A Crisis of National Insecurity

photo credit: Max Pixel

During three decades serving in the United States Marine Corps, I helped ensure national security. Now, as I watch that security deteriorate, I’m sounding the alarm for my local community. Decisions made in Washington are putting our national security in jeopardy — and that should worry us here in Texas. To me, national security includes:

● Supporting troops with a defense budget that prioritizes their safety and needs in the line of fire

● Smart and stable diplomacy to make conflict a last resort

● And emergency readiness and preparation for unforeseen events within our own borders as divergent as hurricanes and pandemics

For Texans, our 1,200-mile border with Mexico is our most visible national security vulnerability, and we are all familiar with the arguments, pro and con, for a border wall. What you might be less familiar with are the decisions made in Washington to fund that border wall.

According to Military Times, the border wall construction has diverted billions from other parts of the defense budget. The funds were taken from accounts used to fight the drug war, to improve military training facilities and on-base schools, and to provide relief for the Puerto Rico National Guard in the wake of Hurricane Maria. Even more troubling, money was diverted from projects in Europe essential to countering Russian aggression.

Those projects abroad might seem less urgent than the border so close to us, but they represent the work and wisdom of career national security officials like myself. We understand the importance of the US relationship with our European allies, and the balance of power it guarantees. It’s the reason we have been spared a global conflict since the summer of 1945, 75 years ago.

As someone who put my life in danger to defend this country, I value those alliances and the work to maintain them. The Trump administration has different priorities: For four years now, the president has proposed deep cuts in foreign aid, by nearly one-quarter in 2020. Fellow former military commanders have spoken out about what this means:

“Diplomacy and development are essential to combating threats before they reach our shores,” more than a dozen former combatant commanders said in a statement last March. “We stand with and share the perspectives of our fellow combatant commanders who have testified … on the strategic importance of the State Department, USAID, and other US development agencies as key partners around the world.”

The administration’s tone has reflected this disregard for diplomacy. In recent years, the United States has publicly chastised and offended our allies, both in Europe and in Asia. We have made unilateral decisions to withdraw troops, flouting long-term agreements with allies. But, as one Republican senator pointed out, the United States does not choose arbitrary locations for its bases: troop deployments are planned to enhance America’s national security interest. “The President’s lack of strategic understanding of this issue increases our response time and hinders the important deterrent work our servicemen and women are doing.”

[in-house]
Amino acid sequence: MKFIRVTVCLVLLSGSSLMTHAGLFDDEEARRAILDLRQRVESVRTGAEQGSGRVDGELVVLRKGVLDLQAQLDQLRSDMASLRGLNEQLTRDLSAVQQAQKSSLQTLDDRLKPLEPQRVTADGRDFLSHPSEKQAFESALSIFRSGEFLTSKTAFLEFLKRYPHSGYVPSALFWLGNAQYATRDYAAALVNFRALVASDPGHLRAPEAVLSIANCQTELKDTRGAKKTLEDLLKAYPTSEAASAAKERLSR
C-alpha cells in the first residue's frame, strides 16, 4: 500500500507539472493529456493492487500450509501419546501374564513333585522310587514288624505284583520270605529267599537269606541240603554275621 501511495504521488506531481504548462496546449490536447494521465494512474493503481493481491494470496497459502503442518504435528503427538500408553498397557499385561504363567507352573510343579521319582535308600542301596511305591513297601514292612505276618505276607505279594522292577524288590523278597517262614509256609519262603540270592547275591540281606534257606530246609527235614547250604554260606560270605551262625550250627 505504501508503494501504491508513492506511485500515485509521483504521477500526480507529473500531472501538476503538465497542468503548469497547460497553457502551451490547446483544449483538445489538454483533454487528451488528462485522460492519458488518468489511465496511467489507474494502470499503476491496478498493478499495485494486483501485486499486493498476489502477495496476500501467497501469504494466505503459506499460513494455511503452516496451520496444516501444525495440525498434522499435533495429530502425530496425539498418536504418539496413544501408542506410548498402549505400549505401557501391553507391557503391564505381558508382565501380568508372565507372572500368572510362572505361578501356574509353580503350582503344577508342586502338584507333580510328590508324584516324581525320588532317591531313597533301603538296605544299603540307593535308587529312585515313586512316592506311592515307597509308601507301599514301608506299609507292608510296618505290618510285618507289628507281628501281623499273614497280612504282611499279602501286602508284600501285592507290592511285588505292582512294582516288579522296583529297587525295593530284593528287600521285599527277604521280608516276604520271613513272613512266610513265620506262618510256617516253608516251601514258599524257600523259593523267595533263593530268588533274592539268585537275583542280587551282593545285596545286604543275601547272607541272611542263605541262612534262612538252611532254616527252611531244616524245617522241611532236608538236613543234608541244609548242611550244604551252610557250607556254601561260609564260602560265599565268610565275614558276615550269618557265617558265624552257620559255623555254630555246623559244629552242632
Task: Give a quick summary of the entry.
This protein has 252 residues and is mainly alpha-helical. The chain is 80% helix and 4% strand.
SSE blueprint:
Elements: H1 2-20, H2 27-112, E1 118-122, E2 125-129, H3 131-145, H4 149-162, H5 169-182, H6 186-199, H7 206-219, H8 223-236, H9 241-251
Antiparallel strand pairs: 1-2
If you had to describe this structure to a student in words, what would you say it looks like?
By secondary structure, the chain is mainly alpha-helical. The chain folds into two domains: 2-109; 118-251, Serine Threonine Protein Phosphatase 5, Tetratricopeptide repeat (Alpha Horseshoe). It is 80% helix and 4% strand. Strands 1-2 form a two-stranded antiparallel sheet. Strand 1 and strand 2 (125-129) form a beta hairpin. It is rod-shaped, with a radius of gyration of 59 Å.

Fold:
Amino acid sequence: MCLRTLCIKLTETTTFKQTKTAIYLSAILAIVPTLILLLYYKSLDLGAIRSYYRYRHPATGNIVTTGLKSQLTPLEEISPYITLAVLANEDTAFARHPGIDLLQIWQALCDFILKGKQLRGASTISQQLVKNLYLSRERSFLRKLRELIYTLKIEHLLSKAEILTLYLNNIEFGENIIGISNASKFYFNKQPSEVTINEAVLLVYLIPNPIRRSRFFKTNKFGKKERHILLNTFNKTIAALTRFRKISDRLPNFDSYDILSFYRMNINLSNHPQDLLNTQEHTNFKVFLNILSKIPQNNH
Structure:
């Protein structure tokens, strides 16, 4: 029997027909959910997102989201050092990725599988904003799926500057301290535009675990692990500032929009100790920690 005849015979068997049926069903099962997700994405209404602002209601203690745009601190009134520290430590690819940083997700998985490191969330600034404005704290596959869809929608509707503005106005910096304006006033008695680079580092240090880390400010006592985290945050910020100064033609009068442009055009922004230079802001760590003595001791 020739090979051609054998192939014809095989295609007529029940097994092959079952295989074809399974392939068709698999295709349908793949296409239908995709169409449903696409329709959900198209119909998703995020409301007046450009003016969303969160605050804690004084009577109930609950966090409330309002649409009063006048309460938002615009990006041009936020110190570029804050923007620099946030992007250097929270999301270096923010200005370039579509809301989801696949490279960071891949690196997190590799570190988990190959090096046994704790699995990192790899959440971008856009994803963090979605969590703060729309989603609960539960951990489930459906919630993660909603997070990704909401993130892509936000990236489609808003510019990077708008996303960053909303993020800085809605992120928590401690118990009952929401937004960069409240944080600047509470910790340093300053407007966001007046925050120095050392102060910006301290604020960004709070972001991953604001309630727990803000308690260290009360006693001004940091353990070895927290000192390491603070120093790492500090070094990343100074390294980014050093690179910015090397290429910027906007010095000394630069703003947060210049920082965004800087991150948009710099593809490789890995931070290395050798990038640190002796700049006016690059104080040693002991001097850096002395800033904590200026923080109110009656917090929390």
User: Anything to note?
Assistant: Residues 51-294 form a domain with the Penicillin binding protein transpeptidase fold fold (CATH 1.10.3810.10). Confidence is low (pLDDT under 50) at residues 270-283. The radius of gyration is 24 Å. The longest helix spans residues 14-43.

Before we can fight abroad, national security means readiness at home. In Texas, we were not prepared for more than 800,000 COVID-19 cases, which resulted in more than 16,000 deaths and growing. Shortsighted decisions in Washington allowed this pandemic to spread out of control. For example, in 2018, the National Security Council’s Global Health Security and Biodefense unit was disbanded. Although explained away as a minor reorganization, this eliminated a major “pandemic trip alarm” at the most senior level.

We in Houston are familiar with FEMA, which came to our aid after Hurricane Harvey. We have less experience with FEMA’s preparation for pandemics. Under the current administration, the Department of Homeland Security, where FEMA resides, had other priorities. According to the Wall Street Journal, this means programs to model and stockpile supplies for the type of disaster we are now facing were put on the back-burner. Rather than reinforcing our national security, this lack of preparation has left us vulnerable and distracted from longer-term threats.

My career has taught me that national security takes hard work, expertise, and humility. For that reason, I joined with 488 other retired national security leaders to back Joe Biden. We hope that over the next four years our military, our diplomats, and our nation can regain lost ground.

During three decades of military service, Brigadier General Joseph V. Medina, USMC (Ret.), commanded organizations in the United States, Europe, and Asia, retiring as commander of the 3rd Marine Expeditionary Brigade and Deputy Commanding General of 3rd Marine Expeditionary Force on Okinawa, Japan. He is currently CEO of the Asia Pacific Strategies and Solutions Group (APSS) and resides in the Houston area.




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